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## Model Misspecification (model + misspecification)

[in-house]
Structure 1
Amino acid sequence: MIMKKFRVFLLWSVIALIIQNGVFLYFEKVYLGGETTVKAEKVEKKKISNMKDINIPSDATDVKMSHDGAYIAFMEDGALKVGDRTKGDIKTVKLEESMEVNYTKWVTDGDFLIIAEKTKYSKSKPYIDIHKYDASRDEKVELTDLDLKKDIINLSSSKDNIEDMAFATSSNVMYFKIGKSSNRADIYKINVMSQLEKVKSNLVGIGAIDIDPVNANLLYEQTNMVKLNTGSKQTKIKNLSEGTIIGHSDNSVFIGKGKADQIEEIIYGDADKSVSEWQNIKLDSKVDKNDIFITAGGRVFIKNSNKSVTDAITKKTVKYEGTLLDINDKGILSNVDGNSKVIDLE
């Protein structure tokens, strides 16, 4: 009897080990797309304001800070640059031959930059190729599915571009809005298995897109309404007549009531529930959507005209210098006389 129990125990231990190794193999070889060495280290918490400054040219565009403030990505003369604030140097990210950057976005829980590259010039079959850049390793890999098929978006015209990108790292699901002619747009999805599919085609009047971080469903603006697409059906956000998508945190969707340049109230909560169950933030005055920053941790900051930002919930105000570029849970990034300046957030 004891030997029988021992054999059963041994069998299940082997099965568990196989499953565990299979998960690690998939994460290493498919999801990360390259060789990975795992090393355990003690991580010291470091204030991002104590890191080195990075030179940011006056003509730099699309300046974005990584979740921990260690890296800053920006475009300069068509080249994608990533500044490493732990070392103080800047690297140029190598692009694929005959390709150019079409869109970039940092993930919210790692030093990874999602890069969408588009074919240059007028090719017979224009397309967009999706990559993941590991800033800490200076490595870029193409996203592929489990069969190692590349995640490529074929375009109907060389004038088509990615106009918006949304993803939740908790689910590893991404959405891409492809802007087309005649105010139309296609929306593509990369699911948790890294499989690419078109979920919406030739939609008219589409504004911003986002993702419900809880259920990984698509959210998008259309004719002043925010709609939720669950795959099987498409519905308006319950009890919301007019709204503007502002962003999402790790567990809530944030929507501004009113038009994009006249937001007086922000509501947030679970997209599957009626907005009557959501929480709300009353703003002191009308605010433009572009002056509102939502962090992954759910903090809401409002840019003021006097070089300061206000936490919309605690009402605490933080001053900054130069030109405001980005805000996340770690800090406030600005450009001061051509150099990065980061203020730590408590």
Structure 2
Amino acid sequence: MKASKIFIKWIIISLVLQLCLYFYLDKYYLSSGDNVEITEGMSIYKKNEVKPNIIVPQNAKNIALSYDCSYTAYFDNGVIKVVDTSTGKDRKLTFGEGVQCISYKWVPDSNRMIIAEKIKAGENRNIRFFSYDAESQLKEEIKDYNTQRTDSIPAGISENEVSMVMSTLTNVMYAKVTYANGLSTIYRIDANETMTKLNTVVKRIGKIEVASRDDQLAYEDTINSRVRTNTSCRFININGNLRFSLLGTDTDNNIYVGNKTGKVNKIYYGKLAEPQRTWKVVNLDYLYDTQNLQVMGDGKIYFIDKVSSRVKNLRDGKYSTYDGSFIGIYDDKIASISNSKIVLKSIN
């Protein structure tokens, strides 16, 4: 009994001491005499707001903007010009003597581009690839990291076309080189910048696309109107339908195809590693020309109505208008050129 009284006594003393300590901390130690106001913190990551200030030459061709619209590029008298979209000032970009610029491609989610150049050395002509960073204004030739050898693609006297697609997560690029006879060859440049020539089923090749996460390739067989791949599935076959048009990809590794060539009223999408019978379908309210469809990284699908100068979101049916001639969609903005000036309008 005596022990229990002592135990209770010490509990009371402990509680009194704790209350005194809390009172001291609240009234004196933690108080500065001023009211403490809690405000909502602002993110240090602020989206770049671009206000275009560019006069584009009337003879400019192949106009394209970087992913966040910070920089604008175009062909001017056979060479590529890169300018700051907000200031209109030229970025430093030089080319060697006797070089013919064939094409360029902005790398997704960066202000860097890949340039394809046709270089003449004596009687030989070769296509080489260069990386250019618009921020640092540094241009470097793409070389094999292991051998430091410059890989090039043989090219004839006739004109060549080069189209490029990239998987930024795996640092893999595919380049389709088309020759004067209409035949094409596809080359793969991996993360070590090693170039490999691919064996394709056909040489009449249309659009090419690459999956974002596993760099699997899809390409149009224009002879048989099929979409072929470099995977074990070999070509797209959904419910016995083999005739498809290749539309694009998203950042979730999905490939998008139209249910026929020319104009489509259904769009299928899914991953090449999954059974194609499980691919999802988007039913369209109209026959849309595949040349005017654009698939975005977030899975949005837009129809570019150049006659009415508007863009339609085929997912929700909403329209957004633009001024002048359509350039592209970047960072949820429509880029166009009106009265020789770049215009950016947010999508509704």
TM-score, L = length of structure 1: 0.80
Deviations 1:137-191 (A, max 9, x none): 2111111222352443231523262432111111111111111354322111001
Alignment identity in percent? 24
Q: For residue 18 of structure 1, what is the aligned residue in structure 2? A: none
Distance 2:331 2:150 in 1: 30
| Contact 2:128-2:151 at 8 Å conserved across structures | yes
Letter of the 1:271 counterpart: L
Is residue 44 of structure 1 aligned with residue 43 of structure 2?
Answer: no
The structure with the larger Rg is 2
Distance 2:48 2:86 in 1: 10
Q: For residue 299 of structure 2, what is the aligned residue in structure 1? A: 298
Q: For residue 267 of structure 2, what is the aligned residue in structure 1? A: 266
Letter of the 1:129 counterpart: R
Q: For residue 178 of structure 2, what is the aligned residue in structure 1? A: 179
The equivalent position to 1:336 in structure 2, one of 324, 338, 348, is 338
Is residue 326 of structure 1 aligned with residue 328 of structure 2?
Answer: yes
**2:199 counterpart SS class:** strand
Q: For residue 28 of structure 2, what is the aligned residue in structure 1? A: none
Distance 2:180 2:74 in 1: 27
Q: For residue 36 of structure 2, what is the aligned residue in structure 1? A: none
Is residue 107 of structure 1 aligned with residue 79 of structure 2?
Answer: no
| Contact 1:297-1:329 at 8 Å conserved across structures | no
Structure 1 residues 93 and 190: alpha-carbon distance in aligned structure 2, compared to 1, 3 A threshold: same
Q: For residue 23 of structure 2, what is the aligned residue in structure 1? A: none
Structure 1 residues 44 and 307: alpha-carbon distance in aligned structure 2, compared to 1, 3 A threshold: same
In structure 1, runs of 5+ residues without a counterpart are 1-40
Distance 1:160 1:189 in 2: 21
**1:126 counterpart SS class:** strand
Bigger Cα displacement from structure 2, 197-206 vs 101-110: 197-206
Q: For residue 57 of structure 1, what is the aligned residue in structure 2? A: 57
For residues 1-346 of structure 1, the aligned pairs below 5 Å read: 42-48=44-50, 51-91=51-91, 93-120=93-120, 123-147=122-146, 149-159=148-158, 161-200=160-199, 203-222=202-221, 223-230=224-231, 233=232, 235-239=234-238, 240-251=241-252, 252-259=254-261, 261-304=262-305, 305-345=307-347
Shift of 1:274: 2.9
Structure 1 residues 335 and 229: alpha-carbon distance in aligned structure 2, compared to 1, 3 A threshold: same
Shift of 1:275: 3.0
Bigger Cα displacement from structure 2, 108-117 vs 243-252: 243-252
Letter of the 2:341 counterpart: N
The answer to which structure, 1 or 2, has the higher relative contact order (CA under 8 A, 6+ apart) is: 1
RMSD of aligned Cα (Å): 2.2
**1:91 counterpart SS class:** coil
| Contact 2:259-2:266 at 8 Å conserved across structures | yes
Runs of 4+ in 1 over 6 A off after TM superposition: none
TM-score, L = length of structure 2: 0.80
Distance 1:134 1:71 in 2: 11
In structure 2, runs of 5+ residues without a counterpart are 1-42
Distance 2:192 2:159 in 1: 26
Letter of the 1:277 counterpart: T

## Selected Abstracts## MODEL MISSPECIFICATION: WHY AGGREGATION OF OFFENSES IN FEDERAL SENTENCING EQUATIONS IS PROBLEMATIC CRIMINOLOGY, Issue 4 2003CELESTA A. ALBONETTIThis paper addresses two concerns that arise from Steffensmeier and Demuth (2001) analysis of federal sentencing and their misrepresentation of my analyses of sentence severity (Albonetti, 1997). My primary concern is to alert researchers to the importance of controlling for the guidelines offense that drives the sentencing process under the Federal Sentencing Guidelines. My second concern is to correct Steffensmeier and Demuth's (2001) errors in interpretation of my earlier findings of the effect of guidelines offense severity on length of imprisonment. [source] ## On Latent-Variable Model Misspecification in Structural Measurement Error Models for Binary Response BIOMETRICS, Issue 3 2009Xianzheng HuangSummary We consider structural measurement error models for a binary response. We show that likelihood-based estimators obtained from fitting structural measurement error models with pooled binary responses can be far more robust to covariate measurement error in the presence of latent-variable model misspecification than the corresponding estimators from individual responses. Furthermore, despite the loss in information, pooling can provide improved parameter estimators in terms of mean-squared error. Based on these and other findings, we create a new diagnostic method to detect latent-variable model misspecification in structural measurement error models with individual binary response. We use simulation and data from the Framingham Heart Study to illustrate our methods. [source] ## Diagnosis of Random-Effect Model Misspecification in Generalized Linear Mixed Models for Binary Response BIOMETRICS, Issue 2 2009Xianzheng HuangSummary Generalized linear mixed models (GLMMs) are widely used in the analysis of clustered data. However, the validity of likelihood-based inference in such analyses can be greatly affected by the assumed model for the random effects. We propose a diagnostic method for random-effect model misspecification in GLMMs for clustered binary response. We provide a theoretical justification of the proposed method and investigate its finite sample performance via simulation. The proposed method is applied to data from a longitudinal respiratory infection study. [source] ## A score for Bayesian genome screening GENETIC EPIDEMIOLOGY, Issue 3 2003E. Warwick DawAbstract Bayesian Monte Carlo Markov chain (MCMC) techniques have shown promise in dissecting complex genetic traits. The methods introduced by Heath ([1997], Am. J. Hum. Genet. 61:748,760), and implemented in the program Loki, have been able to localize genes for complex traits in both real and simulated data sets. Loki estimates the posterior probability of quantitative trait loci (QTL) at locations on a chromosome in an iterative MCMC process. Unfortunately, interpretation of the results and assessment of their significance have been difficult. Here, we introduce a score, the log of the posterior placement probability ratio (LOP), for assessing oligogenic QTL detection and localization. The LOP is the log of the posterior probability of linkage to the real chromosome divided by the posterior probability of linkage to an unlinked pseudochromosome, with marker informativeness similar to the marker data on the real chromosome. Since the LOP cannot be calculated exactly, we estimate it in simultaneous MCMC on both real and pseudochromosomes. We investigate empirically the distributional properties of the LOP in the presence and absence of trait genes. The LOP is not subject to trait model misspecification in the way a lod score may be, and we show that the LOP can detect linkage for loci of small effect when the lod score cannot. We show how, in the absence of linkage, an empirical distribution of the LOP may be estimated by simulation and used to provide an assessment of linkage detection significance. Genet Epidemiol 24:181,190, 2003. © 2003 Wiley-Liss, Inc. [source] ## Robustness of alternative non-linearity tests for SETAR models JOURNAL OF FORECASTING, Issue 3 2004Wai-Sum ChanAbstract In recent years there has been a growing interest in exploiting potential forecast gains from the non-linear structure of self-exciting threshold autoregressive (SETAR) models. Statistical tests have been proposed in the literature to help analysts check for the presence of SETAR-type non-linearities in an observed time series. It is important to study the power and robustness properties of these tests since erroneous test results might lead to misspecified prediction problems. In this paper we investigate the robustness properties of several commonly used non-linearity tests. Both the robustness with respect to outlying observations and the robustness with respect to model specification are considered. The power comparison of these testing procedures is carried out using Monte Carlo simulation. The results indicate that all of the existing tests are not robust to outliers and model misspecification. Finally, an empirical application applies the statistical tests to stock market returns of the four little dragons (Hong Kong, South Korea, Singapore and Taiwan) in East Asia. The non-linearity tests fail to provide consistent conclusions most of the time. The results in this article stress the need for a more robust test for SETAR-type non-linearity in time series analysis and forecasting. Copyright © 2004 John Wiley & Sons, Ltd. [source] ## Hierarchical related regression for combining aggregate and individual data in studies of socio-economic disease risk factors JOURNAL OF THE ROYAL STATISTICAL SOCIETY: SERIES A (STATISTICS IN SOCIETY), Issue 1 2008Christopher JacksonSummary., To obtain information about the contribution of individual and area level factors to population health, it is desirable to use both data collected on areas, such as censuses, and on individuals, e.g. survey and cohort data. Recently developed models allow us to carry out simultaneous regressions on related data at the individual and aggregate levels. These can reduce ,ecological bias' that is caused by confounding, model misspecification or lack of information and increase power compared with analysing the data sets singly. We use these methods in an application investigating individual and area level sociodemographic predictors of the risk of hospital admissions for heart and circulatory disease in London. We discuss the practical issues that are encountered in this kind of data synthesis and demonstrate that this modelling framework is sufficiently flexible to incorporate a wide range of sources of data and to answer substantive questions. Our analysis shows that the variations that are observed are mainly attributable to individual level factors rather than the contextual effect of deprivation. [source] ## Regression analysis based on semicompeting risks data JOURNAL OF THE ROYAL STATISTICAL SOCIETY: SERIES B (STATISTICAL METHODOLOGY), Issue 1 2008Jin-Jian HsiehSummary., Semicompeting risks data are commonly seen in biomedical applications in which a terminal event censors a non-terminal event. Possible dependent censoring complicates statistical analysis. We consider regression analysis based on a non-terminal event, say disease progression, which is subject to censoring by death. The methodology proposed is developed for discrete covariates under two types of assumption. First, separate copula models are assumed for each covariate group and then a flexible regression model is imposed on the progression time which is of major interest. Model checking procedures are also proposed to help to choose a best-fitted model. Under a two-sample setting, Lin and co-workers proposed a competing method which requires an additional marginal assumption on the terminal event and implicitly assumes that the dependence structures in the two groups are the same. Using simulations, we compare the two approaches on the basis of their finite sample performances and robustness properties under model misspecification. The method proposed is applied to a bone marrow transplant data set. [source] ## Choice of parametric models in survival analysis: applications to monotherapy for epilepsy and cerebral palsy JOURNAL OF THE ROYAL STATISTICAL SOCIETY: SERIES C (APPLIED STATISTICS), Issue 2 2003G. P. S. KwongSummary. In the analysis of medical survival data, semiparametric proportional hazards models are widely used. When the proportional hazards assumption is not tenable, these models will not be suitable. Other models for covariate effects can be useful. In particular, we consider accelerated life models, in which the effect of covariates is to scale the quantiles of the base-line distribution. Solomon and Hutton have suggested that there is some robustness to misspecification of survival regression models. They showed that the relative importance of covariates is preserved under misspecification with assumptions of small coefficients and orthogonal transformation of covariates. We elucidate these results by applications to data from five trials which compare two common anti-epileptic drugs (carbamazepine versus sodium valporate monotherapy for epilepsy) and to survival of a cohort of people with cerebral palsy. Results on the robustness against model misspecification depend on the assumptions of small coefficients and on the underlying distribution of the data. These results hold in cerebral palsy but do not hold in epilepsy data which have early high hazard rates. The orthogonality of coefficients is not important. However, the choice of model is important for an estimation of the magnitude of effects, particularly if the base-line shape parameter indicates high initial hazard rates. [source] ## for misspecified regression models THE CANADIAN JOURNAL OF STATISTICS, Issue 4 2003Peilin ShiAbstract The authors propose minimax robust designs for regression models whose response function is possibly misspecified. These designs, which minimize the maximum of the mean squared error matrix, can control the bias caused by model misspecification and provide the desired efficiency through one parameter. The authors call on a nonsmooth optimization technique to derive these designs analytically. Their results extend those of Heo, Schmuland & Wiens (2001). The authors also discuss several examples for approximately polynomial regression. Les auteurs proposent des plans minimax robustes pour des modèles de régression dont la fonction réponse pourrait ,tre mal spécifiée. Ces plans, qui minimisent le maximum de la matrice des erreurs quadratiques, permettent de contr,ler le biais d, à une mauvaise spécification du modèle tout en garantissant l'efficacité désirée au moyen d'un paramètre. Les auteurs se servent d'une technique d'optimisation non lisse pour préciser la forme analytique de ces plans. Leurs résultats généralisent ceux de Heo, Schmuland & Wiens (2001). Les auteurs présentent en outre plusieurs exemples touchant la régression approximativement polynomiale. [source] ## Negative Market Volatility Risk Premium: Evidence from the LIFFE Equity Index Options, ASIA-PACIFIC JOURNAL OF FINANCIAL STUDIES, Issue 5 2009Bing-Huei LinAbstract We provide non-parametric empirical evidence regarding negative volatility risk premium using LIFFE equity index options. In addition, we incorporate the moment-adjusted option delta hedge ratio to mitigate the effect of model misspecification. From the results, we observe several interesting phenomena. First, the delta-hedged gains are negative. Second, with a correction for model misspecification, higher-order moments measures show less significance and the volatility risk premium still plays a key role in affecting delta-hedged gains. All empirical evidence supports the existence of negative volatility risk premium in LIFFE equity index options. [source] ## Longitudinal Studies of Binary Response Data Following Case,Control and Stratified Case,Control Sampling: Design and Analysis BIOMETRICS, Issue 2 2010Jonathan S. SchildcroutSummary We discuss design and analysis of longitudinal studies after case,control sampling, wherein interest is in the relationship between a longitudinal binary response that is related to the sampling (case,control) variable, and a set of covariates. We propose a semiparametric modeling framework based on a marginal longitudinal binary response model and an ancillary model for subjects' case,control status. In this approach, the analyst must posit the population prevalence of being a case, which is then used to compute an offset term in the ancillary model. Parameter estimates from this model are used to compute offsets for the longitudinal response model. Examining the impact of population prevalence and ancillary model misspecification, we show that time-invariant covariate parameter estimates, other than the intercept, are reasonably robust, but intercept and time-varying covariate parameter estimates can be sensitive to such misspecification. We study design and analysis issues impacting study efficiency, namely: choice of sampling variable and the strength of its relationship to the response, sample stratification, choice of working covariance weighting, and degree of flexibility of the ancillary model. The research is motivated by a longitudinal study following case,control sampling of the time course of attention deficit hyperactivity disorder (ADHD) symptoms. [source] ## A Global Sensitivity Test for Evaluating Statistical Hypotheses with Nonidentifiable Models BIOMETRICS, Issue 2 2010D. TodemSummary We consider the problem of evaluating a statistical hypothesis when some model characteristics are nonidentifiable from observed data. Such a scenario is common in meta-analysis for assessing publication bias and in longitudinal studies for evaluating a covariate effect when dropouts are likely to be nonignorable. One possible approach to this problem is to fix a minimal set of sensitivity parameters conditional upon which hypothesized parameters are identifiable. Here, we extend this idea and show how to evaluate the hypothesis of interest using an infimum statistic over the whole support of the sensitivity parameter. We characterize the limiting distribution of the statistic as a process in the sensitivity parameter, which involves a careful theoretical analysis of its behavior under model misspecification. In practice, we suggest a nonparametric bootstrap procedure to implement this infimum test as well as to construct confidence bands for simultaneous pointwise tests across all values of the sensitivity parameter, adjusting for multiple testing. The methodology's practical utility is illustrated in an analysis of a longitudinal psychiatric study. [source] ## On Latent-Variable Model Misspecification in Structural Measurement Error Models for Binary Response BIOMETRICS, Issue 3 2009Xianzheng HuangSummary We consider structural measurement error models for a binary response. We show that likelihood-based estimators obtained from fitting structural measurement error models with pooled binary responses can be far more robust to covariate measurement error in the presence of latent-variable model misspecification than the corresponding estimators from individual responses. Furthermore, despite the loss in information, pooling can provide improved parameter estimators in terms of mean-squared error. Based on these and other findings, we create a new diagnostic method to detect latent-variable model misspecification in structural measurement error models with individual binary response. We use simulation and data from the Framingham Heart Study to illustrate our methods. [source] ## Latent-Model Robustness in Joint Models for a Primary Endpoint and a Longitudinal Process BIOMETRICS, Issue 3 2009Xianzheng HuangSummary Joint modeling of a primary response and a longitudinal process via shared random effects is widely used in many areas of application. Likelihood-based inference on joint models requires model specification of the random effects. Inappropriate model specification of random effects can compromise inference. We present methods to diagnose random effect model misspecification of the type that leads to biased inference on joint models. The methods are illustrated via application to simulated data, and by application to data from a study of bone mineral density in perimenopausal women and data from an HIV clinical trial. [source] ## Diagnosis of Random-Effect Model Misspecification in Generalized Linear Mixed Models for Binary Response BIOMETRICS, Issue 2 2009Xianzheng HuangSummary Generalized linear mixed models (GLMMs) are widely used in the analysis of clustered data. However, the validity of likelihood-based inference in such analyses can be greatly affected by the assumed model for the random effects. We propose a diagnostic method for random-effect model misspecification in GLMMs for clustered binary response. We provide a theoretical justification of the proposed method and investigate its finite sample performance via simulation. The proposed method is applied to data from a longitudinal respiratory infection study. [source] ## Resampling-Based Multiple Testing Methods with Covariate Adjustment: Application to Investigation of Antiretroviral Drug Susceptibility BIOMETRICS, Issue 2 2008Yang YangSummary Identifying genetic mutations that cause clinical resistance to antiretroviral drugs requires adjustment for potential confounders, such as the number of active drugs in a HIV-infected patient's regimen other than the one of interest. Motivated by this problem, we investigated resampling-based methods to test equal mean response across multiple groups defined by HIV genotype, after adjustment for covariates. We consider construction of test statistics and their null distributions under two types of model: parametric and semiparametric. The covariate function is explicitly specified in the parametric but not in the semiparametric approach. The parametric approach is more precise when models are correctly specified, but suffer from bias when they are not; the semiparametric approach is more robust to model misspecification, but may be less efficient. To help preserve type I error while also improving power in both approaches, we propose resampling approaches based on matching of observations with similar covariate values. Matching reduces the impact of model misspecification as well as imprecision in estimation. These methods are evaluated via simulation studies and applied to a data set that combines results from a variety of clinical studies of salvage regimens. Our focus is on relating HIV genotype to viral susceptibility to abacavir after adjustment for the number of active antiretroviral drugs (excluding abacavir) in the patient's regimen. [source] ## Marginalized Models for Moderate to Long Series of Longitudinal Binary Response Data BIOMETRICS, Issue 2 2007Jonathan S. SchildcroutSummary Marginalized models (Heagerty, 1999, Biometrics55, 688,698) permit likelihood-based inference when interest lies in marginal regression models for longitudinal binary response data. Two such models are the marginalized transition and marginalized latent variable models. The former captures within-subject serial dependence among repeated measurements with transition model terms while the latter assumes exchangeable or nondiminishing response dependence using random intercepts. In this article, we extend the class of marginalized models by proposing a single unifying model that describes both serial and long-range dependence. This model will be particularly useful in longitudinal analyses with a moderate to large number of repeated measurements per subject, where both serial and exchangeable forms of response correlation can be identified. We describe maximum likelihood and Bayesian approaches toward parameter estimation and inference, and we study the large sample operating characteristics under two types of dependence model misspecification. Data from the Madras Longitudinal Schizophrenia Study (Thara et al., 1994, Acta Psychiatrica Scandinavica90, 329,336) are analyzed. [source] ## Model-Checking Techniques Based on Cumulative Residuals BIOMETRICS, Issue 1 2002D. Y. LinSummary. Residuals have long been used for graphical and numerical examinations of the adequacy of regression models. Conventional residual analysis based on the plots of raw residuals or their smoothed curves is highly subjective, whereas most numerical goodness-of-fit tests provide little information about the nature of model misspecification. In this paper, we develop objective and informative model-checking techniques by taking the cumulative sums of residuals over certain coordinates (e.g., covariates or fitted values) or by considering some related aggregates of residuals, such as moving sums and moving averages. For a variety of statistical models and data structures, including generalized linear models with independent or dependent observations, the distributions of these stochastic processes under the assumed model can be approximated by the distributions of certain zero-mean Gaussian processes whose realizations can be easily generated by computer simulation. Each observed process can then be compared, both graphically and numerically, with a number of realizations from the Gaussian process. Such comparisons enable one to assess objectively whether a trend seen in a residual plot reflects model misspecification or natural variation. The proposed techniques are particularly useful in checking the functional form of a covariate and the link function. Illustrations with several medical studies are provided. [source] |